An Eleventh-Hour Reprieve for André Breton & Marquis de Sade
Circulating around the interwebs this week, you may have seen news of the manuscript scroll of the Marquis de Sade's The 120 Days of Sodom being declared a national treasure by the French government. But beneath the headlines, our dear poetry readers with a Surrealist bent will be happy to see André Breton's Surrealist Manifestos were also saved from the auction block and designated national treasures, alongside the eighteenth-century "Gospel of Evil." From Paris, Henry Samuel reports for The Telegraph:
The Marquis de Sade called it “the most impure tale that has ever been told since our world began”.
But France on Monday declared the manuscript of The 120 Days of Sodom a "national treasure" hours before the subversive and pornographic work was due to be sold at auction in Paris.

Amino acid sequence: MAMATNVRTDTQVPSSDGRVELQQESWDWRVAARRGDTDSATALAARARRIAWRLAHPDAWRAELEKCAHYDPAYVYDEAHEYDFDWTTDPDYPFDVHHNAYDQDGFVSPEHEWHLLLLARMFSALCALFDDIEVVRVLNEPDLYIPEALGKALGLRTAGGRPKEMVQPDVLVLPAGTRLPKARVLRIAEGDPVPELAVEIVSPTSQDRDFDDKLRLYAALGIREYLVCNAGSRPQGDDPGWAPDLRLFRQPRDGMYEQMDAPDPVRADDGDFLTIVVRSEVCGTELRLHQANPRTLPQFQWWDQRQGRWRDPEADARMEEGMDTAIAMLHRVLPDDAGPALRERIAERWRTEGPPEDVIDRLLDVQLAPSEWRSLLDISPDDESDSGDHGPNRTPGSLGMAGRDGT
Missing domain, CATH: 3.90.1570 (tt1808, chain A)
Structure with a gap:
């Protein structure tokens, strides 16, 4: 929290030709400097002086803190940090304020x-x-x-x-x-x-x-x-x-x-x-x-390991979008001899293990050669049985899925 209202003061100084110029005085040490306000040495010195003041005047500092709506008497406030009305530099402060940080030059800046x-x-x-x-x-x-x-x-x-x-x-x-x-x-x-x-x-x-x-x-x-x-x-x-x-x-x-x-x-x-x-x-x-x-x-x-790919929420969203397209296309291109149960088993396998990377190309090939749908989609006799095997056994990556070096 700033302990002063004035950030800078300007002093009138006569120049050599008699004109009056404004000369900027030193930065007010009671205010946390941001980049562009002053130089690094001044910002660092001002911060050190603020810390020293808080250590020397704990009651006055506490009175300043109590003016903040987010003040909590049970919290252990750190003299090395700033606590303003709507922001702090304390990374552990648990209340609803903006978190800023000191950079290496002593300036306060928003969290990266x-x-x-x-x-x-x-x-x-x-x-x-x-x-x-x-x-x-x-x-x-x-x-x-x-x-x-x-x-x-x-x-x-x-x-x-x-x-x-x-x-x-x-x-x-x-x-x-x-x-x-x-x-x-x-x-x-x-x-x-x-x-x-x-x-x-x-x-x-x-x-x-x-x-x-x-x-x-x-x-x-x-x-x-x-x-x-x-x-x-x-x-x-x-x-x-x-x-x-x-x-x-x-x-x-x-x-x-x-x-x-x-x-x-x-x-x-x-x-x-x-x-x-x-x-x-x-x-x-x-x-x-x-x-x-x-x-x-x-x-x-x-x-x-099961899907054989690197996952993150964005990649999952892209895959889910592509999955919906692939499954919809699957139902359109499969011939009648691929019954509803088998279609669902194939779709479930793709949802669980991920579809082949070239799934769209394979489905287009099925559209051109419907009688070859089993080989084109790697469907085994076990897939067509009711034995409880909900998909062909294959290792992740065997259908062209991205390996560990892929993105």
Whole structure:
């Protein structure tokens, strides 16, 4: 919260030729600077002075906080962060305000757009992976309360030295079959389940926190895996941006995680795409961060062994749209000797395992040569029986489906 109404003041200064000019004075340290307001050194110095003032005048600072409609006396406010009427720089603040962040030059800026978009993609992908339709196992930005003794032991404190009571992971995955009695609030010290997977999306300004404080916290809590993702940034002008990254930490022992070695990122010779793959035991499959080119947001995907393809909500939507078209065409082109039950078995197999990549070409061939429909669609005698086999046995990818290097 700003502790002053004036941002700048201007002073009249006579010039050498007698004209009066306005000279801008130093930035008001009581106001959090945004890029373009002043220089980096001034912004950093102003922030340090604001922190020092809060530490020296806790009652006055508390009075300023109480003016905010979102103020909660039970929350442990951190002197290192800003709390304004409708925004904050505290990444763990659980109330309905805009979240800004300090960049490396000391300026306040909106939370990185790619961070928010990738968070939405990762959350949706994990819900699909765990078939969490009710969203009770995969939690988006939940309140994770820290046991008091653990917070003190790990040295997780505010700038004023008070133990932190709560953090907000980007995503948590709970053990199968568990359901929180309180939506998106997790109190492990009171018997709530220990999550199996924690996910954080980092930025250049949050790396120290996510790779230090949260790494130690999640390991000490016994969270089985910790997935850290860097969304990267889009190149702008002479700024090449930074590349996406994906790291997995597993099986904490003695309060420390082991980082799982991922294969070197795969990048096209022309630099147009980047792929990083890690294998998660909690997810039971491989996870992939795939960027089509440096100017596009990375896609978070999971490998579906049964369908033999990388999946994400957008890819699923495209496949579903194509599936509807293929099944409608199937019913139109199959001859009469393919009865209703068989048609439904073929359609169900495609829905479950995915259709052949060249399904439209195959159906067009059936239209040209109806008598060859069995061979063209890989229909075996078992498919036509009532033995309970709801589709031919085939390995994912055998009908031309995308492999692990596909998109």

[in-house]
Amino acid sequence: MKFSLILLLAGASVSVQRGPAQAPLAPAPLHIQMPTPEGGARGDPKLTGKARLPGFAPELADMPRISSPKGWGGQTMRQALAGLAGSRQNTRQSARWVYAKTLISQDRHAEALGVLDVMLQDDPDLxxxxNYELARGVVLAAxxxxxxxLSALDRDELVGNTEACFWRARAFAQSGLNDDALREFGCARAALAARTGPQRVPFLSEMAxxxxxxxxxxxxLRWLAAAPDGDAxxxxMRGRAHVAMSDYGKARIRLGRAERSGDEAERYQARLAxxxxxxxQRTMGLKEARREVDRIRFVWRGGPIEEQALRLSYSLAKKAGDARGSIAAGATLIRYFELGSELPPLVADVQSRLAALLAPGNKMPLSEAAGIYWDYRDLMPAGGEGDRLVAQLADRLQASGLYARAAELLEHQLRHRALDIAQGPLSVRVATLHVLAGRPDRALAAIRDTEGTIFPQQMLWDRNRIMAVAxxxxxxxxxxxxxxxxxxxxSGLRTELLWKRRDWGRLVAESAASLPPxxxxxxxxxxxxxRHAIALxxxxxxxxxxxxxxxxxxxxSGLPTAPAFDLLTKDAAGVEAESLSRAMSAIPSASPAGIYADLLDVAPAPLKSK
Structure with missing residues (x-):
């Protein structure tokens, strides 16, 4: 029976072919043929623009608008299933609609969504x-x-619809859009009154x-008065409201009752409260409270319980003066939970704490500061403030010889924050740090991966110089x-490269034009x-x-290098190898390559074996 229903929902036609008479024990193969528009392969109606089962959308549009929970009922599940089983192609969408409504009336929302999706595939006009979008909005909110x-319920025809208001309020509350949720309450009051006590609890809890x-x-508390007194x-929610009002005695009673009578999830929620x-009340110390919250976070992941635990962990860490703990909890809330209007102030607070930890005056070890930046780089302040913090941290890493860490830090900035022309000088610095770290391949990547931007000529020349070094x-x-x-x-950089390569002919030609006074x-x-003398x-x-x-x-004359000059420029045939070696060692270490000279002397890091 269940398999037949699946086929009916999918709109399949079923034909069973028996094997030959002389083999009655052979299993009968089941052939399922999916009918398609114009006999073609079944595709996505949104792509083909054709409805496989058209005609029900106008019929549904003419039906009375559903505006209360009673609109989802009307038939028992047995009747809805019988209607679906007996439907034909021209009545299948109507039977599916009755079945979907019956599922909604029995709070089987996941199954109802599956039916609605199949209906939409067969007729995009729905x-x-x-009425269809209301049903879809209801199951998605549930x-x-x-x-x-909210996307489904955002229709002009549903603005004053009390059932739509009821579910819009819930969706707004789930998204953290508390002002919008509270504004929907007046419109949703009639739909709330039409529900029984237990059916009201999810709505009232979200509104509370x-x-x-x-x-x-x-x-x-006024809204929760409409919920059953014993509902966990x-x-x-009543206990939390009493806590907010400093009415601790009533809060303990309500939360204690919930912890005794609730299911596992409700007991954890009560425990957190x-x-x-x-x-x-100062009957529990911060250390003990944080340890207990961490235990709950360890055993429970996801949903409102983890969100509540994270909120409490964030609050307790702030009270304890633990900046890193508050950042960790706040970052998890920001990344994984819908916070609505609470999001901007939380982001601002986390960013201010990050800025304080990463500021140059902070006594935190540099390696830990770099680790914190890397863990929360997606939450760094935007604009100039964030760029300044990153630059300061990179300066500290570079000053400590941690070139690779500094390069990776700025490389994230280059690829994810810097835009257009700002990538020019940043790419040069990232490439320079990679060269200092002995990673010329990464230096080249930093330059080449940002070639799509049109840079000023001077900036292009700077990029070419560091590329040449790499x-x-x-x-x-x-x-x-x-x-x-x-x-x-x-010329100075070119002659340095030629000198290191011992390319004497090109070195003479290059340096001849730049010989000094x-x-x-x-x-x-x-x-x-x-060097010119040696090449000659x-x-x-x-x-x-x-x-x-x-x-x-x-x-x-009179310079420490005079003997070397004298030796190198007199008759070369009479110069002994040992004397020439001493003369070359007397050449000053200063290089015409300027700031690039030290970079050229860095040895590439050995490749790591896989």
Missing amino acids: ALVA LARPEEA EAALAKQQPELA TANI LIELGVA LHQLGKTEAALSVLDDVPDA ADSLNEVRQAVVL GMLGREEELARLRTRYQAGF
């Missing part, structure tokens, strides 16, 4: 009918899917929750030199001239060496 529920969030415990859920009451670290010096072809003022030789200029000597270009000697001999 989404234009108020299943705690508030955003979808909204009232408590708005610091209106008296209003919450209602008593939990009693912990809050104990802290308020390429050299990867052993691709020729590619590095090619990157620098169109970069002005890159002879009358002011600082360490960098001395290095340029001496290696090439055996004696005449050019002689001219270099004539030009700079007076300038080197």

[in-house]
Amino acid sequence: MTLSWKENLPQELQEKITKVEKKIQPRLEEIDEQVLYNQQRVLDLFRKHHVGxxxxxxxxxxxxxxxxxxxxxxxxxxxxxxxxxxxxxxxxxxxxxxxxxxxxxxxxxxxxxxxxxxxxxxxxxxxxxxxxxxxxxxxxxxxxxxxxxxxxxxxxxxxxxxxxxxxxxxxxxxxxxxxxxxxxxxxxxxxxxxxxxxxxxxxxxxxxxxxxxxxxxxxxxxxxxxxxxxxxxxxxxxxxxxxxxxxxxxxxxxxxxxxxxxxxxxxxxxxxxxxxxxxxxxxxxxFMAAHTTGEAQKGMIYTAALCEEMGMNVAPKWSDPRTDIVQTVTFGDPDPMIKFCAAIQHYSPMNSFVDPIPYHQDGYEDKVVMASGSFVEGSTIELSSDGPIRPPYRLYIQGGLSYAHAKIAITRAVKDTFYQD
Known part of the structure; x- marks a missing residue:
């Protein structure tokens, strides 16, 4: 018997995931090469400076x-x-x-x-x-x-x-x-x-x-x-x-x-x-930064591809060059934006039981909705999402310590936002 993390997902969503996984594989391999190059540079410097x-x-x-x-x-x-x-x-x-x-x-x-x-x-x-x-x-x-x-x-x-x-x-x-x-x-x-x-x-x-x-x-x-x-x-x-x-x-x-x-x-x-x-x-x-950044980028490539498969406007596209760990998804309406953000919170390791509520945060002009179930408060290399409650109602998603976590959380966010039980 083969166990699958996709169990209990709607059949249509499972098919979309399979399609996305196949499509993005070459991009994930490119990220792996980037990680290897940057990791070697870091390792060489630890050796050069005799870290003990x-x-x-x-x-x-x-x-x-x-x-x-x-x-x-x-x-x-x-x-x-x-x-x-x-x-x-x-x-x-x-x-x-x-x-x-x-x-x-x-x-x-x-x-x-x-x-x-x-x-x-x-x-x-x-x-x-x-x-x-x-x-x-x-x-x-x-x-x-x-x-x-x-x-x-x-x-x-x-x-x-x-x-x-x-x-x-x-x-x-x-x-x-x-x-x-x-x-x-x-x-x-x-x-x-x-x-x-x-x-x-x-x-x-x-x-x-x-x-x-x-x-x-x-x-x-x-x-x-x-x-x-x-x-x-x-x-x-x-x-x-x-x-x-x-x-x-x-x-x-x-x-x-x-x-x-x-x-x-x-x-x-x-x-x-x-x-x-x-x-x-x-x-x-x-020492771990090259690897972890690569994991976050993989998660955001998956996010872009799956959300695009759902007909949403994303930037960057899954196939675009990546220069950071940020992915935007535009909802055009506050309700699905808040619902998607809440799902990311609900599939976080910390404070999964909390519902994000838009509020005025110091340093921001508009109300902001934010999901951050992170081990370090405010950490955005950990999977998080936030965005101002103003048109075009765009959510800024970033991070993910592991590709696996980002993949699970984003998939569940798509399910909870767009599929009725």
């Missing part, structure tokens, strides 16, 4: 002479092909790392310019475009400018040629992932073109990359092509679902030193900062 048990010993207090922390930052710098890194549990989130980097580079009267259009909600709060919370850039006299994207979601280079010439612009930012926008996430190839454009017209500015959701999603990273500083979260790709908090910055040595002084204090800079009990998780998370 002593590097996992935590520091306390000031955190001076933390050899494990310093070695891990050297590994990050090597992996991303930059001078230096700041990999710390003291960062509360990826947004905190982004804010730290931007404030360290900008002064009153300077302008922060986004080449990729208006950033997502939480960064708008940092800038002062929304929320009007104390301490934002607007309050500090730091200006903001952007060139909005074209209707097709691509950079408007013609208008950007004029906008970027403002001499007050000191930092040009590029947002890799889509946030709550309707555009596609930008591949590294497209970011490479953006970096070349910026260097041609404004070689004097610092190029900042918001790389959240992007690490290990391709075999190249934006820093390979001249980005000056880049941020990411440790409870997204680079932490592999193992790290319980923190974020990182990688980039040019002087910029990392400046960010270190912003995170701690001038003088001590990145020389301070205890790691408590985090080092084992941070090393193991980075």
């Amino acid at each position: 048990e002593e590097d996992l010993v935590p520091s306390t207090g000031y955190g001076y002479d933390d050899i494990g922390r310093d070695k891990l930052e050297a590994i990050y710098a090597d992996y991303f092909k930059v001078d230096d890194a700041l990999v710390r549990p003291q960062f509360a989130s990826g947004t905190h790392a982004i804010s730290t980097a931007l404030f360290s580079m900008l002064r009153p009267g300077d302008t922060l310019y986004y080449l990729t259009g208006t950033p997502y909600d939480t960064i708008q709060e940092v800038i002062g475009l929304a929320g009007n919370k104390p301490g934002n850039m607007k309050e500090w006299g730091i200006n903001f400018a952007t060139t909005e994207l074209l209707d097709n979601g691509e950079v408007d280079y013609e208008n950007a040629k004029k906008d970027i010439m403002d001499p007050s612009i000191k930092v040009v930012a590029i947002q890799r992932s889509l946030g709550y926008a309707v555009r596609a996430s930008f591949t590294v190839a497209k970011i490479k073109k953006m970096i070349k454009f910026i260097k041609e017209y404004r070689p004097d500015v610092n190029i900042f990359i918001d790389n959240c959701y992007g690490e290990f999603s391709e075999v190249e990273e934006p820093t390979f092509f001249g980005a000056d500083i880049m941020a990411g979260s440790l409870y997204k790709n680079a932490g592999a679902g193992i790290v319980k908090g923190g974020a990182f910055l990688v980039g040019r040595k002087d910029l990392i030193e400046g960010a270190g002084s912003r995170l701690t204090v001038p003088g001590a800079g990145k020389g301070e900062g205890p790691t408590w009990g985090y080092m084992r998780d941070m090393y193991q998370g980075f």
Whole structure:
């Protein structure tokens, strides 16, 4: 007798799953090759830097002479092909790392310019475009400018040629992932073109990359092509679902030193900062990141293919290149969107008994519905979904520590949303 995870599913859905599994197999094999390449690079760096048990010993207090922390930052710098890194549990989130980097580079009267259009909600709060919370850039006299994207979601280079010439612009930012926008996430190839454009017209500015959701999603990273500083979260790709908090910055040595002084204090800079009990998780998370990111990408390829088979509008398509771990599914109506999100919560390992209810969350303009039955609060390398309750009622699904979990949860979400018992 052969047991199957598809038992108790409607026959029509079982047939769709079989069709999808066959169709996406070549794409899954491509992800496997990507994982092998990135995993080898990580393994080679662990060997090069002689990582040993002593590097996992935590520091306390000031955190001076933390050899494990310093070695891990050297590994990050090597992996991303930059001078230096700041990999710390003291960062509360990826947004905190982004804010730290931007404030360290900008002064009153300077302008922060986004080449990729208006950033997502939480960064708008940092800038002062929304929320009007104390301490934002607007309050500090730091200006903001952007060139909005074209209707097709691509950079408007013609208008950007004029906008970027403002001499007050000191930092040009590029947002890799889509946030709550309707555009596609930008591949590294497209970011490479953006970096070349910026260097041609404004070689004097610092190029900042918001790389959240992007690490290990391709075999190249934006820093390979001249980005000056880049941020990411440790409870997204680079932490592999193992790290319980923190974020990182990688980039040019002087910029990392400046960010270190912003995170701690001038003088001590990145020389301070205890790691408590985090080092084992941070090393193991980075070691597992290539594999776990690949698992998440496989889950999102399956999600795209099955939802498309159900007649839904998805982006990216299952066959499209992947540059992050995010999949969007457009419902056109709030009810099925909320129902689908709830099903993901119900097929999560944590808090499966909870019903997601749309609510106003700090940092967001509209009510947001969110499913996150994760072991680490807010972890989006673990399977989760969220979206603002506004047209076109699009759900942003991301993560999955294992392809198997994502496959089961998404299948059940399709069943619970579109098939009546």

Officials ordered the 18th-century erotic masterpiece – whose depravity has seen it dubbed "the Gospel of Evil" - to be pulled from the sale along with Andre Breton's Surrealist Manifestos, meaning they cannot be exported from France, the Aguttes auction house confirmed.
The works were part of a vast sale of historic documents owned by the French investment firm Aristophil, which was shut down in scandal two years ago, accused of embezzling up to €850 million (€750 million) of investors' money.
The 120 Days of Sodom was expected to go for up to €6 million on Wednesday, while Breton's seminal manifestos on modern art were estimated at around €4 million.
Read on at The Telegraph.